Billionaire business gurus like Bill Gates, Elon Musk and Jeff Bezos all swear by reading as much as you possibly can. Musk is said to have read two books a day starting from his early teenage years. Now, you definitely don’t have to spend most of your waking hours reading, but you may want to consider why one of the world’s most successful entrepreneurs believes that reading is pivotal in becoming a good businessman and a great leader.
In a nutshell, the main benefit of reading across different disciplines is something called learning transfer: you can take something that you learn in what context and apply it to another.
For 2020, pick 12 books (one for each month) on different topics that you’re going to read – and no, they can’t be volumes found on your course reading list. Make a pact with yourself that you’re going to read them, and you’ll be one step closer to becoming the leader that you aspire to be.
Sapiens by Yuval Noah Harari or The 7 Habits of Highly Effective People by Stephen Covey are good ones to start with. If you need even more inspo, check out Elon Musk’s top 12 book choices.
4. Learn to delegate
One of the main characteristics of a great leader is that they recognise the value of time and resist the temptation to do everything themselves.
Having unconditional faith in your team can be hard at times – especially if you have a controlling personality – but it’s essential to curb your ego sometimes and know how to delegate. There is a good chance that someone in your team has more experience or a deeper knowledge of a certain area in your project, so let them take ownership of it!
Make sure you set a number of tasks you’re going to delegate to the people that you work with – for example, one per week. When you’re working on a term paper with your peers, don’t insist on doing all the research yourself, don’t pretend you’re good at some sophisticated software that you’ve never used before and don’t try to proofread your own paragraphs! Make a point of entrusting these responsibilities to your team members without constantly feeling the need to check up on them. And while you’re at it, ask for feedback on your delegation skills!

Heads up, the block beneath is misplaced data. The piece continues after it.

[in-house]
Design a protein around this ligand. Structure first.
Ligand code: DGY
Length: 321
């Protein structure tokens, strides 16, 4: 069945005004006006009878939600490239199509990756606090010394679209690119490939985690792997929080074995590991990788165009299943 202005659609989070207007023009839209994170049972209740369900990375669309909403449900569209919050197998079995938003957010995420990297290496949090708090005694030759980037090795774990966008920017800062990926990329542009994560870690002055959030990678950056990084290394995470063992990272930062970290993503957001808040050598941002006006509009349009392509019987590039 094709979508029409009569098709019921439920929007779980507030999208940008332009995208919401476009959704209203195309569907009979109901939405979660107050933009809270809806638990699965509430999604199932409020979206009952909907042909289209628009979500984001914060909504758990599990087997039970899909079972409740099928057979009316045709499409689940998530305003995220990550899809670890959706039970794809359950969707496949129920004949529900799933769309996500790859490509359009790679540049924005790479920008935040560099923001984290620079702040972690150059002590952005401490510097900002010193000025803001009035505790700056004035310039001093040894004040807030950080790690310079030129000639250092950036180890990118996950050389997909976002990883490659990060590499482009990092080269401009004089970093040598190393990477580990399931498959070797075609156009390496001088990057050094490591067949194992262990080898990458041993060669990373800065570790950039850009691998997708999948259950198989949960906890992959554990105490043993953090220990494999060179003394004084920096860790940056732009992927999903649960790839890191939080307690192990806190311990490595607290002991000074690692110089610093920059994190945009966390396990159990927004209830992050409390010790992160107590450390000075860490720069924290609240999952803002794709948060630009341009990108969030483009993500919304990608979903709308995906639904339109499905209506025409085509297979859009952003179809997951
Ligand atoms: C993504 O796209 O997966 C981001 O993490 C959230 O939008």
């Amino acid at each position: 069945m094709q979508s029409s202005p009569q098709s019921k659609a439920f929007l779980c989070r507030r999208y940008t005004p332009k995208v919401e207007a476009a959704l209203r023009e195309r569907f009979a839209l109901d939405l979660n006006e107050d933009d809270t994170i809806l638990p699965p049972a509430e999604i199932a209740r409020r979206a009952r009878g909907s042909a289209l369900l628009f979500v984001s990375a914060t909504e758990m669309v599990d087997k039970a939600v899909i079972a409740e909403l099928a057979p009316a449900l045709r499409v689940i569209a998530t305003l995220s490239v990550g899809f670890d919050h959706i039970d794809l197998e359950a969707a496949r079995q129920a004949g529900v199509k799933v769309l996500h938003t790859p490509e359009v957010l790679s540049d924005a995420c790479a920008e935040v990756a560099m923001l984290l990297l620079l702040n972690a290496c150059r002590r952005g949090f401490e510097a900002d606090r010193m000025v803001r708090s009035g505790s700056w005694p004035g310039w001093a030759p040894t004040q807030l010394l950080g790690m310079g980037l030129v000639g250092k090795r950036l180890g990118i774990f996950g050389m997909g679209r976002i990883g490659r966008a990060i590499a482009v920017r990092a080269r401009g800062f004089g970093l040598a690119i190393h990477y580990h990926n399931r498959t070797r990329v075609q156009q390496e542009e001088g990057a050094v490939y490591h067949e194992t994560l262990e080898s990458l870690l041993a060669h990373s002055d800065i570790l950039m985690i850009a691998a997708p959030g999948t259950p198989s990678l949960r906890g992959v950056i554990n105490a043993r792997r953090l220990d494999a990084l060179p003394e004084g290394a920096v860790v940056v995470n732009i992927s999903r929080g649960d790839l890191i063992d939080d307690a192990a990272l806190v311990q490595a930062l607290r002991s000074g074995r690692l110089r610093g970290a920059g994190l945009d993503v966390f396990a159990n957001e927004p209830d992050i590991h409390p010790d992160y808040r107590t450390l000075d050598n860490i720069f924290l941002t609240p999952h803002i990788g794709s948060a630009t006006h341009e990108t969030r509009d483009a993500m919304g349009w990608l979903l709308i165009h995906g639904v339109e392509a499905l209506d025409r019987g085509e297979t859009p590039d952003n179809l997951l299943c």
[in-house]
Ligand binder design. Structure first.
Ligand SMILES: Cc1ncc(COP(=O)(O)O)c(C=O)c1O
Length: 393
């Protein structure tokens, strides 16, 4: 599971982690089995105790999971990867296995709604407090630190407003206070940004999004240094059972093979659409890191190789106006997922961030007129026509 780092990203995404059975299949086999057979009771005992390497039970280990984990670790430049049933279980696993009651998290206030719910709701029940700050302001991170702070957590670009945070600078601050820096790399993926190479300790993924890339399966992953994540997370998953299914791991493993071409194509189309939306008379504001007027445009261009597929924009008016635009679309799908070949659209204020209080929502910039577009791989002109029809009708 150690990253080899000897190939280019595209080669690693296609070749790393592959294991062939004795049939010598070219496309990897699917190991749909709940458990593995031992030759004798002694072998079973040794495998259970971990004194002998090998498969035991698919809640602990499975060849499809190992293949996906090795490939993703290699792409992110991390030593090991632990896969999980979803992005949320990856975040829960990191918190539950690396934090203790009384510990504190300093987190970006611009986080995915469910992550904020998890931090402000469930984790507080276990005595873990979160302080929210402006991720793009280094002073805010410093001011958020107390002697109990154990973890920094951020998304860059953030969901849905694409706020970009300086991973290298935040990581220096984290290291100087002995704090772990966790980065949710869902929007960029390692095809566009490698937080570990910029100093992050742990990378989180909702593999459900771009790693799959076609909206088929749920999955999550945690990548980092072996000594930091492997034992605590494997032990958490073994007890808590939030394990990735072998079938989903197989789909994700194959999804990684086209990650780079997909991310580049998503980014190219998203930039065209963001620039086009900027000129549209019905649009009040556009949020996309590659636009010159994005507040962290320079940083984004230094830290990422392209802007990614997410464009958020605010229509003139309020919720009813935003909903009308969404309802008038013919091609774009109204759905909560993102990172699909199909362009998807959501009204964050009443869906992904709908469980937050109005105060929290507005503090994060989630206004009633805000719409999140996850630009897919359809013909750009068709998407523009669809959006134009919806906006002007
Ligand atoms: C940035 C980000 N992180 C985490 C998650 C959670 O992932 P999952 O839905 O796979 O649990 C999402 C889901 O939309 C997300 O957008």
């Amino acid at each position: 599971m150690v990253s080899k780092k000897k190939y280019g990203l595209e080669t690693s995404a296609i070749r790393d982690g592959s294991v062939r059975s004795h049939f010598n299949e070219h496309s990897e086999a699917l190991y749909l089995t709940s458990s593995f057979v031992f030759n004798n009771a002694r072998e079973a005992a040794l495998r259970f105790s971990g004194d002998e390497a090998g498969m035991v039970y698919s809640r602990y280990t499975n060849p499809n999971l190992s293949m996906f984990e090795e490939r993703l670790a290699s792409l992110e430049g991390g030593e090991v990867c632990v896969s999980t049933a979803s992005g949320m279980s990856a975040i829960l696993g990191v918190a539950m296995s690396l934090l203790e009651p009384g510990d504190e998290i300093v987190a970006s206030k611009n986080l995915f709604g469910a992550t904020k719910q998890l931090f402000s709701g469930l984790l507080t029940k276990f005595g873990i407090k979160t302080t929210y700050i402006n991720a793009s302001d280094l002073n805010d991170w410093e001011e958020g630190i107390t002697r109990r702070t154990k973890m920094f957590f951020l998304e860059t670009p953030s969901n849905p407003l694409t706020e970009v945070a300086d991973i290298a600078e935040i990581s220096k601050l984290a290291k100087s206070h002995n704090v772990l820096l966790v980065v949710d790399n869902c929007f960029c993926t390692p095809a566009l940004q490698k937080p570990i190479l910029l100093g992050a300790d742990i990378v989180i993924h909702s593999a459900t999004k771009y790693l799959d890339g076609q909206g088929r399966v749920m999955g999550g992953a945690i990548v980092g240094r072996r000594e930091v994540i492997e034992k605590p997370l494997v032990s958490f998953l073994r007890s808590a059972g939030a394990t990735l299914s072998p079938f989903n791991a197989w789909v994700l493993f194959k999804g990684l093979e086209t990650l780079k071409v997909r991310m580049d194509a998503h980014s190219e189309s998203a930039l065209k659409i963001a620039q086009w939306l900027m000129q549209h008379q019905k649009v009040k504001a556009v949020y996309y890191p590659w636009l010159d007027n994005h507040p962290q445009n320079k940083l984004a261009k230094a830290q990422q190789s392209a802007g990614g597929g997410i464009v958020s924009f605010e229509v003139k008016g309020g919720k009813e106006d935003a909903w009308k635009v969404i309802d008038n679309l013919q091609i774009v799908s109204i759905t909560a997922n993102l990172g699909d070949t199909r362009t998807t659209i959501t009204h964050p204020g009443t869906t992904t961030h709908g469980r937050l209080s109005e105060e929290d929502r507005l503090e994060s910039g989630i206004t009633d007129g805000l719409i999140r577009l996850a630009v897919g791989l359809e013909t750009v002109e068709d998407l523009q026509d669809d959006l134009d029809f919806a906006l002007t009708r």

5. Pick a role model
Role models are one of the biggest sources of motivation that you can find. Choosing a role model whose values are in line with yours and drawing inspiration from their success can be super helpful for aspiring leaders.
Whenever you feel like quitting, think about the person you look up to the most and envision what would have happened if they had quit. Since you share their values and their outlook on life, this will give you a little boost of self-confidence that could keep you hanging on in the most difficult situations.
Don’t feel pressured to pick Elon Musk or some other tech superstar. Anyone can be a role model: a family member, a friend, a tutor or a mentor. Just think of the inspiring individuals that make up the ESEI teaching team or the mentors of the ESEI Skyrocket Programme!
Choosing a role model is not about comparing yourself to other, more successful people. Remember that everyone is on their own journey and you should only be competing with who you were yesterday! However, the right role model can show you that the result you can achieve is worth all the time and effort you put into.
So go ahead and become a better leader in 2020!